Wednesday, 18 September 2019 04:18 GMT
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Swedish activist gets denied entry to Palestine after 5,000km foot journey




(MENAFN - Jordan Times) AMMAN — 'The journey didn't end with me reaching Palestine, the journey will end when Palestine is free,' Swedish human rights activist Benjamin Ladraa said in Amman on Saturday, after being denied entry into Palestine — the final step of his 5,000km journey to raise awareness on the Israeli apartheid.

Ladraa's 11-month walk to Palestine was put to an end on Thursday evening, after a 12-hour walk from Amman to the border, where Israeli forces rejected his entry to the country following six hours of interrogation.

Ladraa decided to start his walk of awareness on the unjust situation in Palestine and the Israeli occupation after a visit he made to Hebron for a concert. Since August 2017, he has crossed 13 countries, walking from Sweden's Gothenburg to his final destination: Palestine.

'It began after I met some Palestinians in Sweden; we became friends and I became interested in where they are from and what is happening in Palestine," the activist recalled.

Ladraa said that Israeli occupation forces provided two reasons for denying him entry to Palestine: the first was their claim that he intended to organise a demonstration in Nabi Saleh village, where Ahed Tamimi's family resides; the second was the Israeli forces' belief that he "wasn't telling the truth throughout his interrogation".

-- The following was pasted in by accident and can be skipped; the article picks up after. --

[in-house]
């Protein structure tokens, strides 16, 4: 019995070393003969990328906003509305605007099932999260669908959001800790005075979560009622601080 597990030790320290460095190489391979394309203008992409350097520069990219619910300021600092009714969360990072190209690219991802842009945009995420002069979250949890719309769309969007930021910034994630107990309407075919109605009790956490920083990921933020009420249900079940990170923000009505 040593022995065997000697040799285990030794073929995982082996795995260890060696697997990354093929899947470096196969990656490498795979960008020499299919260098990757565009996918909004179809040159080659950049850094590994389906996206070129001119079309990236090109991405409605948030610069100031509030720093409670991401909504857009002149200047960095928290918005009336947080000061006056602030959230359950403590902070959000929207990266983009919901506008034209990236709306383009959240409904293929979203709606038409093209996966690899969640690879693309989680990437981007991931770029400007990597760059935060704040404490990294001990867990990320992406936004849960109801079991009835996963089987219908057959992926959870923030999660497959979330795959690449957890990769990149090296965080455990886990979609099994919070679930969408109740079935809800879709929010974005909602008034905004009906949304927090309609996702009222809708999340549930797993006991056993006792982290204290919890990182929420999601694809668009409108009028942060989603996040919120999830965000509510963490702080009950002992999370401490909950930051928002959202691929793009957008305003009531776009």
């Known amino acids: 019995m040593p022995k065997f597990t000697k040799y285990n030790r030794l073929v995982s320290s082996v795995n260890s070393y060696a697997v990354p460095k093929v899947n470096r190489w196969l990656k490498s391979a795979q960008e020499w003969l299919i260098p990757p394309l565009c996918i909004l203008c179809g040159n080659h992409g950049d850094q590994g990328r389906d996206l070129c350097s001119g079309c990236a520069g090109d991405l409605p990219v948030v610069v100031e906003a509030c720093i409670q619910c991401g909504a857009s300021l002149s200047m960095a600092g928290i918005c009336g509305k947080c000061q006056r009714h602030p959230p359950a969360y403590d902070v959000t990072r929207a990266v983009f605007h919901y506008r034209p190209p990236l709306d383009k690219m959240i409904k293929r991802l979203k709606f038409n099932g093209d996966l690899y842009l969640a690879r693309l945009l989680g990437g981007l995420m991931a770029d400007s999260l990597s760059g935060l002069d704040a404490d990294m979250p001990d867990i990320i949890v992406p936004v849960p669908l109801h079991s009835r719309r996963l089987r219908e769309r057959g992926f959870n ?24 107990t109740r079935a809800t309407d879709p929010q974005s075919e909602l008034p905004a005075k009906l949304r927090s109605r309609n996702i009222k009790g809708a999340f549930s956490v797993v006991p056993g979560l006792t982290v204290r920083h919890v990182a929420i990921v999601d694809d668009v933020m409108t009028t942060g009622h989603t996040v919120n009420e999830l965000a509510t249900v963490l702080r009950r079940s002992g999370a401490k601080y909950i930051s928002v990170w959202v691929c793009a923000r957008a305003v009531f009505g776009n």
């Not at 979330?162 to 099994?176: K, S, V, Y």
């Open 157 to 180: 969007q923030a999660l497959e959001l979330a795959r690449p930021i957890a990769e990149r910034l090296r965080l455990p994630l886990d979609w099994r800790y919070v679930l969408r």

Being denied entry allowed him to experience the life of a Palestinian, 'since most Palestinians are not allowed to enter their country', he said.

'Monsters thrive in the dark; they shut the lights of transparency… I think this is the reason for Israel not allowing human rights activists that would bear witness and the reason for them discussing a new law that would forbid anyone from taking photos or videos of the soldiers, while they are carrying out the atrocities against the Palestinian people,' the activist said at a press conference.

The 25-year-old continued: 'I see Israel's rejection of my visit as the ultimate proof that my activism is working. I see the rejection paper they handed me as one of the finest diplomas you can get as an activist, because it means they fear your activism. To be able to make an oppressive state react to your actions means you are doing something right.'

Commenting on the normalisation of ties with Israel, he said: 'Calling for normalisation with a state that is committing human rights violations and has been doing so since its inception is the opposite of mounting pressure towards realising human rights.'

'I've learned a lot during my journey, I can take all this knowledge and experience I've gained during this year to improve my future projects and hopefully start bigger and more effective projects to continue the struggle against human rights, for freedom, peace, equality and a little nicer tomorrow for everyone,' he told the audience.

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Swedish activist gets denied entry to Palestine after 5,000km foot journey

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